(18)

and is given by

(19)

Now for a fixed, the structure factor is just a complex number, and the simple fact that

, gives the real form of Equation (14)

(20)

The first form in Equation (19) is used in our fast approach to calculating the reciprocal-space part. The last form in Equation (20) is the most common point-of-departure when implementing the reciprocal-space part.

2.3. Forces in Ewald Summation

Now that we have calculated the electrostatic energy of the system we can easily compute the electrostatic forces that act on each particle. Splitting the forces in the same way as we have split the energy and using Equation (17) we get the total electrostatic force by finding the negative of the gradient of the electrostatic energy

(21)

The subscript on the operator indicates that we take the partial derivatives with respect to the position of particle and the in Equation (21) comes from the self-interaction term in Equation (15) being independent of. Before we do this calculation we note a couple basic, but helpful, formulas for calculating derivatives

(22)

With above formulas, it is straightforward to find the different terms of. The contribution from the real-space term, , becomes

(23)

such that when include all and otherwise only. Equation (20) is convenient to use when calculating the reciprocal-space contribution because it is expressed in terms of charge locations rather than relative distances. Thus the reciprocal-space force is given by

(24)

Finally, the contribution that depends on the boundary condition

(25)

2.4. Formulas for Energy and Forces in Ewald Summation

Consider a periodically replicated system, with the central box consisting of point charges and. Assume that the surrounding media at the boundary of the periodically replicated system is a uniform dielectric with dielectric constant. The cubic box has edge length; each charge is located at, and distances are calculated with the minimum image convention. After expansion and rearrangements of Equation (2), rescaling and using symmetries induced by and, the total electrostatic energy of the system can be written as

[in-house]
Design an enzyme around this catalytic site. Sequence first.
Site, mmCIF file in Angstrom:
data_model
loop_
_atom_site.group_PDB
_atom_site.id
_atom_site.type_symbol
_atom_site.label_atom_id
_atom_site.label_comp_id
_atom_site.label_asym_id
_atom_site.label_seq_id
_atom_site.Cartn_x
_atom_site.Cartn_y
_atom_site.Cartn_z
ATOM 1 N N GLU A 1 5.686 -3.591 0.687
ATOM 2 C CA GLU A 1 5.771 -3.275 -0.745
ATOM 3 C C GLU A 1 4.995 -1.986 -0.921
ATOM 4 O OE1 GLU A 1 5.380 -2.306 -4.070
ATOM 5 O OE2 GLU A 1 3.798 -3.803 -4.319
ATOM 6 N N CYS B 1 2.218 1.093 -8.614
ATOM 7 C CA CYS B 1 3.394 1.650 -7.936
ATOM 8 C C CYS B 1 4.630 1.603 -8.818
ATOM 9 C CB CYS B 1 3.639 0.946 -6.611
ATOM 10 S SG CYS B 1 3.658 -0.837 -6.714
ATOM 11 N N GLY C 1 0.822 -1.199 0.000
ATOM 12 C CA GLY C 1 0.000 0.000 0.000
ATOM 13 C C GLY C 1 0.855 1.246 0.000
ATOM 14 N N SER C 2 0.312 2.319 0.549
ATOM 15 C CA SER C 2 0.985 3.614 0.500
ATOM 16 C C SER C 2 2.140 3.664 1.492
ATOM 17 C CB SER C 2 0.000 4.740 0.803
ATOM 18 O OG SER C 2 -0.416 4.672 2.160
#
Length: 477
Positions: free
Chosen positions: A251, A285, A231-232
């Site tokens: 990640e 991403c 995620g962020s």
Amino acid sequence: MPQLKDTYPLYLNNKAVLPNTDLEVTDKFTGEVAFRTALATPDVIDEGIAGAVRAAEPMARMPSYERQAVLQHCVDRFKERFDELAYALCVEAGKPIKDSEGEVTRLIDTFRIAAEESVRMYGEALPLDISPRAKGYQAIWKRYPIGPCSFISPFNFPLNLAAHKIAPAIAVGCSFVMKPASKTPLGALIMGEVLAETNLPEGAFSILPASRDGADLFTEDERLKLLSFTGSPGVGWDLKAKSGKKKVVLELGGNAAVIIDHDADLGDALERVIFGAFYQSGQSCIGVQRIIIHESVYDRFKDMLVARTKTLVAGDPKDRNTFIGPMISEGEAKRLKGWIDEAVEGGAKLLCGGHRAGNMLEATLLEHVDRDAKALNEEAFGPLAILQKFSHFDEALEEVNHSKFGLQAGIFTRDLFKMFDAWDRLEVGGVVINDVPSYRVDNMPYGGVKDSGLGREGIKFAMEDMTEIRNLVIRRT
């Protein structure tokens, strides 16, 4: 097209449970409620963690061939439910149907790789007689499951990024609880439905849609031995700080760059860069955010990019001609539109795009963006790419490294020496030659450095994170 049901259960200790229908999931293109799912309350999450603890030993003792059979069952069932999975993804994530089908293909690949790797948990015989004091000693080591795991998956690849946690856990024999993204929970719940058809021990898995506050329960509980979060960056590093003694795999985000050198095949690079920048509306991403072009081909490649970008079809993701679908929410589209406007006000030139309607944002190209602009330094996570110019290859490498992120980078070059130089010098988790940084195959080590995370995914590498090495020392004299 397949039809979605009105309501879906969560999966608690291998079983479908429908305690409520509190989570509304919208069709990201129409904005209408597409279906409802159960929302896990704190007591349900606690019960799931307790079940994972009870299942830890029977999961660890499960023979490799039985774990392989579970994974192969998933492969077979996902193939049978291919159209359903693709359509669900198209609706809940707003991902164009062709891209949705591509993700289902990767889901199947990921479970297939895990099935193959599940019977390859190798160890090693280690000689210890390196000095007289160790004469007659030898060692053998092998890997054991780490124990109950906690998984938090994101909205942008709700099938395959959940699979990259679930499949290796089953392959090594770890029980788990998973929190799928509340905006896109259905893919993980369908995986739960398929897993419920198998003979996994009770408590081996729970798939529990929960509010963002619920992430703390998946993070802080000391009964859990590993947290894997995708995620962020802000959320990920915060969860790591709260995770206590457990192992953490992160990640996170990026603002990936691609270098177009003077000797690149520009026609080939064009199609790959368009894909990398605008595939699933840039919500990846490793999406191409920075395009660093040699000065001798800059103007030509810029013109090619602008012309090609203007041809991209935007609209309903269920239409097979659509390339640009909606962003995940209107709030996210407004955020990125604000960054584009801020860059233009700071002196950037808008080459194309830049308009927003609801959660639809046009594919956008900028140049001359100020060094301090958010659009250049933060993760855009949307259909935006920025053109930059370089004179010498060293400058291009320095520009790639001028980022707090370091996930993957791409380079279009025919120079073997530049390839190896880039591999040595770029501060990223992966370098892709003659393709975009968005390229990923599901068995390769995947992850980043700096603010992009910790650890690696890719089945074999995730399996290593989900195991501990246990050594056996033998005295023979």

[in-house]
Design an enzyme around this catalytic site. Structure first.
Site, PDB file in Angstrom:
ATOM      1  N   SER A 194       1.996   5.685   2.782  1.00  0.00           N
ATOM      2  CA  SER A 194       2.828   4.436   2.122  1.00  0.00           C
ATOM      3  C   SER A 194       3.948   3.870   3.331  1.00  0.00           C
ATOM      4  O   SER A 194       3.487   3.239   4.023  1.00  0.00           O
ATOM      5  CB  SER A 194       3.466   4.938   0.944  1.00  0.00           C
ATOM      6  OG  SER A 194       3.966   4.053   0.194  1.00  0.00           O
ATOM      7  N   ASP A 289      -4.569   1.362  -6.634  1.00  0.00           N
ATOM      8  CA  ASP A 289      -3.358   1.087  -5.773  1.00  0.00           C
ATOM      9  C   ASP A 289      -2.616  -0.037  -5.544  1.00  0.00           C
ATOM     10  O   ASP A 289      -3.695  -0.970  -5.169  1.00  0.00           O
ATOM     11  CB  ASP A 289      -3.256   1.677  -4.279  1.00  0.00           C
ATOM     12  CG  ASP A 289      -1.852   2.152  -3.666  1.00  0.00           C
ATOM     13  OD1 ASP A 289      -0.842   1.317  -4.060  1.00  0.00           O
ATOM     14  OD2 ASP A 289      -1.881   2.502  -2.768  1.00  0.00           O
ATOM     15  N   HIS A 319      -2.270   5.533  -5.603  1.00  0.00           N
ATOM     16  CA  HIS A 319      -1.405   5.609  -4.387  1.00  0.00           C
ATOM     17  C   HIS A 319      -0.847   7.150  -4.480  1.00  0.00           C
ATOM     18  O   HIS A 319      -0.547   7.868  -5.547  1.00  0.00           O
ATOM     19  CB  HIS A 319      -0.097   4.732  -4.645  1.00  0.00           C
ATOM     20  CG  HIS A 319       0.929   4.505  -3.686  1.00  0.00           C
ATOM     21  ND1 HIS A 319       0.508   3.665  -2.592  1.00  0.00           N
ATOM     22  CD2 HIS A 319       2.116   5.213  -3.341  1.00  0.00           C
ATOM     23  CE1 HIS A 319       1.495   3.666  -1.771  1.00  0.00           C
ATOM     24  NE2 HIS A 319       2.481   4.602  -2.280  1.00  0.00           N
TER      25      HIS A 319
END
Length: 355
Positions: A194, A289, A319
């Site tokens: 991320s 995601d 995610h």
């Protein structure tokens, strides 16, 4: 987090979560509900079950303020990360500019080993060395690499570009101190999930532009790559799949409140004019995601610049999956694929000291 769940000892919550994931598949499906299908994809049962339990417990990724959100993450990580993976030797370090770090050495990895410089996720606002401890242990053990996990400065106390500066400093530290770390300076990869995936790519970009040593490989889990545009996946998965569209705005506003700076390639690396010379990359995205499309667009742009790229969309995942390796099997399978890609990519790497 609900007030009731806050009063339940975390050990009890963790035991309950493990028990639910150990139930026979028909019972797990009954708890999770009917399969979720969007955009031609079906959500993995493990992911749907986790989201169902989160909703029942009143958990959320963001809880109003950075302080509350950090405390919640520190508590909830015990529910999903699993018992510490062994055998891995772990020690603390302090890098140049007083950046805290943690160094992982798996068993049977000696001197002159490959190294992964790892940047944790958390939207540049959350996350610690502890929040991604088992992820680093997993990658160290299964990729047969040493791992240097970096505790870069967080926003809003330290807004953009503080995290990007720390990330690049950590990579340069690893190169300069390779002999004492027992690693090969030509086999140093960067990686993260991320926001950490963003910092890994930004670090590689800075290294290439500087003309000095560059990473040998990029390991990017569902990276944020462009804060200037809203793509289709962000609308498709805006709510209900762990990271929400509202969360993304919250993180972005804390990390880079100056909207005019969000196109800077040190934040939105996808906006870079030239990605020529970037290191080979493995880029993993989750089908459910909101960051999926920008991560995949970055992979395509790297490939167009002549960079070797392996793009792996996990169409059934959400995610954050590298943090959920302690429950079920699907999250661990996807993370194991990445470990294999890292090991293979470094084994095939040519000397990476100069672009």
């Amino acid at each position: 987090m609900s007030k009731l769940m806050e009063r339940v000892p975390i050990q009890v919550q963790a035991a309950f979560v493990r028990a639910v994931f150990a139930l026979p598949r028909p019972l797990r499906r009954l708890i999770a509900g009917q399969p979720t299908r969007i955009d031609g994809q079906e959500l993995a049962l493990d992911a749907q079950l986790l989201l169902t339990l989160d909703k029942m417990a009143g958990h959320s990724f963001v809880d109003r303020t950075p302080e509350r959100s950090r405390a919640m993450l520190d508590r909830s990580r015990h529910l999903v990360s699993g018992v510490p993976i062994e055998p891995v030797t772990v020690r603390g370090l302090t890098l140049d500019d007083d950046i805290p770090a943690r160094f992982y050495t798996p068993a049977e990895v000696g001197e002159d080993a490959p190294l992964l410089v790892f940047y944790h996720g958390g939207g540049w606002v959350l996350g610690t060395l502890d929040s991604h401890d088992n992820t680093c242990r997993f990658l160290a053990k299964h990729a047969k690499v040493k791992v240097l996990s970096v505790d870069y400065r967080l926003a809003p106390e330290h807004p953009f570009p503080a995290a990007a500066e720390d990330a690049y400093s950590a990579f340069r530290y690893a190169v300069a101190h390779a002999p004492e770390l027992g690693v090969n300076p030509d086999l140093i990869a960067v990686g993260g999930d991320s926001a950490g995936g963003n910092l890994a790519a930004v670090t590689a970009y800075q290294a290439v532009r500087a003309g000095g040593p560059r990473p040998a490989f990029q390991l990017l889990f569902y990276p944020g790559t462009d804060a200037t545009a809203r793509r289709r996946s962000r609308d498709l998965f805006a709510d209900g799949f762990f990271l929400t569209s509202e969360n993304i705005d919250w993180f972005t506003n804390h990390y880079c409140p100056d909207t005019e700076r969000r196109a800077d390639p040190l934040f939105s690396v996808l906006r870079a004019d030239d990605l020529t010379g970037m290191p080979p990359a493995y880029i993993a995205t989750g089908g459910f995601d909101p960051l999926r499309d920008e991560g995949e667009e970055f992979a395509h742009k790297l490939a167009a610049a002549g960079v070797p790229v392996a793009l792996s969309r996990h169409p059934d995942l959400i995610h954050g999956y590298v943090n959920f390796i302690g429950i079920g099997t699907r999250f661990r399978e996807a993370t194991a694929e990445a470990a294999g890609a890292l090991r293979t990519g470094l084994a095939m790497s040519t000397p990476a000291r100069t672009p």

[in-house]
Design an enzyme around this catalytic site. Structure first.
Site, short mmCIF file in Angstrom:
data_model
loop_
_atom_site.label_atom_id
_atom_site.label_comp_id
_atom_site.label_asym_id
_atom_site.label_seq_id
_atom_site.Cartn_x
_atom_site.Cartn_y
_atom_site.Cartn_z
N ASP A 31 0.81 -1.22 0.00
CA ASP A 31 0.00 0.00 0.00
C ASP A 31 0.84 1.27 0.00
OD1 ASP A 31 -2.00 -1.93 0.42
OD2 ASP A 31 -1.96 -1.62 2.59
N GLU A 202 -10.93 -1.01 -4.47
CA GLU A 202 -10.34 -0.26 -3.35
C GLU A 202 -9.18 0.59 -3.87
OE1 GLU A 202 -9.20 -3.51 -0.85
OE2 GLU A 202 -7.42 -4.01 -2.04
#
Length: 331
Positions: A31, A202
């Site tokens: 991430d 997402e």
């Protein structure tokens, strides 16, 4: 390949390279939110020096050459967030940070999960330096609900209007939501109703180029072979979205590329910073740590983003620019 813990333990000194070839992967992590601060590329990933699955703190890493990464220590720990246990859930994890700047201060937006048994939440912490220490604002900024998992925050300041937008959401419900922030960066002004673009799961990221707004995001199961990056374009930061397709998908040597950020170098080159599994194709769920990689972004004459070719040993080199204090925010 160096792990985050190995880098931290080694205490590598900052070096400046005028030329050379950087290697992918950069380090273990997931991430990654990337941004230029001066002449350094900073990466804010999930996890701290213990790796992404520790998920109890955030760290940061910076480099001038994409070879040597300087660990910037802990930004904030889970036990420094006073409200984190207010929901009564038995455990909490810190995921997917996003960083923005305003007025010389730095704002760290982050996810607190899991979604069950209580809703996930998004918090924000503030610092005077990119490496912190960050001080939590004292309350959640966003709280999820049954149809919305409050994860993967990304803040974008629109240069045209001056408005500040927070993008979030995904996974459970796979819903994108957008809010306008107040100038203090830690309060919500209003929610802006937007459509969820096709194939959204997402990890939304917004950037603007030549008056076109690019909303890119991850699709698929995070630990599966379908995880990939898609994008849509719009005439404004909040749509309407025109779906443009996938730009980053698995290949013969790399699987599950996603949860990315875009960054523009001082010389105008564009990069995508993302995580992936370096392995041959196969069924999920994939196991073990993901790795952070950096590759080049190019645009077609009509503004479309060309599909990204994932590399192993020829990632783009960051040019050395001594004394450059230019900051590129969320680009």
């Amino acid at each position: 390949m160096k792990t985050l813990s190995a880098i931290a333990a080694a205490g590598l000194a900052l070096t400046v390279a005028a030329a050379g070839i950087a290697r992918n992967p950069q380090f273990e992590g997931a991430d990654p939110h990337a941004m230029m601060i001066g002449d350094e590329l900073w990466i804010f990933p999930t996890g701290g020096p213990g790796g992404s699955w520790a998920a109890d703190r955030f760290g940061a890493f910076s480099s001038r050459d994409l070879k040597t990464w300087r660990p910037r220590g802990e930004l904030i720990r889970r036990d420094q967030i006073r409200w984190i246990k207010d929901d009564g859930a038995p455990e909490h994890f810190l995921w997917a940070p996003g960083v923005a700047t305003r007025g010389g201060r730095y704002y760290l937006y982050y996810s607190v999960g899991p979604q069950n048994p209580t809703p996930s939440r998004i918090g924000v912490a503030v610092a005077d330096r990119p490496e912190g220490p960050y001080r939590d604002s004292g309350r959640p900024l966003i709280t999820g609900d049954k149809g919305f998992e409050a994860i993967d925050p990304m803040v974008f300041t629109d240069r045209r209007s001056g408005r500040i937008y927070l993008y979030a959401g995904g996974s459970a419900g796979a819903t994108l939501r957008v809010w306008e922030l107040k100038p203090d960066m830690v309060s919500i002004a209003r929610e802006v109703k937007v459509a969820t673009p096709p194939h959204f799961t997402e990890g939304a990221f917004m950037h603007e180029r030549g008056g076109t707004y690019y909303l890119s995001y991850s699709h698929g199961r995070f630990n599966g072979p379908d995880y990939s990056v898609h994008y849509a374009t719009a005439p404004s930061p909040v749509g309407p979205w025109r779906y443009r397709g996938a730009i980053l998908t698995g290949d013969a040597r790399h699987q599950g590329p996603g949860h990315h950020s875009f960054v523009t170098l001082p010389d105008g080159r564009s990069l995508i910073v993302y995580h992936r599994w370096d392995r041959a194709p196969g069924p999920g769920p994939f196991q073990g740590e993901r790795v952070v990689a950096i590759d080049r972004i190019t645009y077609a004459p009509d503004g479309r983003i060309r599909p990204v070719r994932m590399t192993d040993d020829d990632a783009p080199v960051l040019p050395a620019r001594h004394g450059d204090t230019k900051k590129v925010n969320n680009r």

(26)

with the different terms given by

(27)

(28)

(29)

(30)

Note that is a free parameter. The structure factor is defined as

(31)

The total electrostatic force, , on each particle is

(32)

Each of the force terms given by

(33)

(34)

(35)

The positive number, the so called Ewald convergence parameter, is chosen for computational con- venience. Observe that for large values of. By choosing large enough in Equation (27), we can ensure that the only terms that contribute in the real-space sum is when. This may be expressed so that all terms with should be included.

Choose a cut-off in both real-space and reciprocal-space so that the neglected terms in the real-space and reciprocal-space parts are of the same order, or less. The truncation in real-space implies that a sufficient number of terms must be included in the reciprocal-space sums, Equation (28).

Given a required accuracy, is fixed by

(36)

and is determined by

(37)

We have two conditions and four parameters. With a required we may just as well pick a suitable value for and let the above two equations determine and.

With an optimal choice of parameters the computational effort of the Ewald method becomes [36] giving a considerable improvement over the computational complexity implied by the “infinite” reach of the Coulomb interactions.

3. ENUF: A Fast Method for Calculating Electrostatic Interactions

In Section 2 we summarized known results and prepared the ground for the development of a fast method for Ewald summation using the discrete nonuniform fast Fourier transform (NDFT).

3.1. Discrete Fourier Transforms for Non-Equispaced Data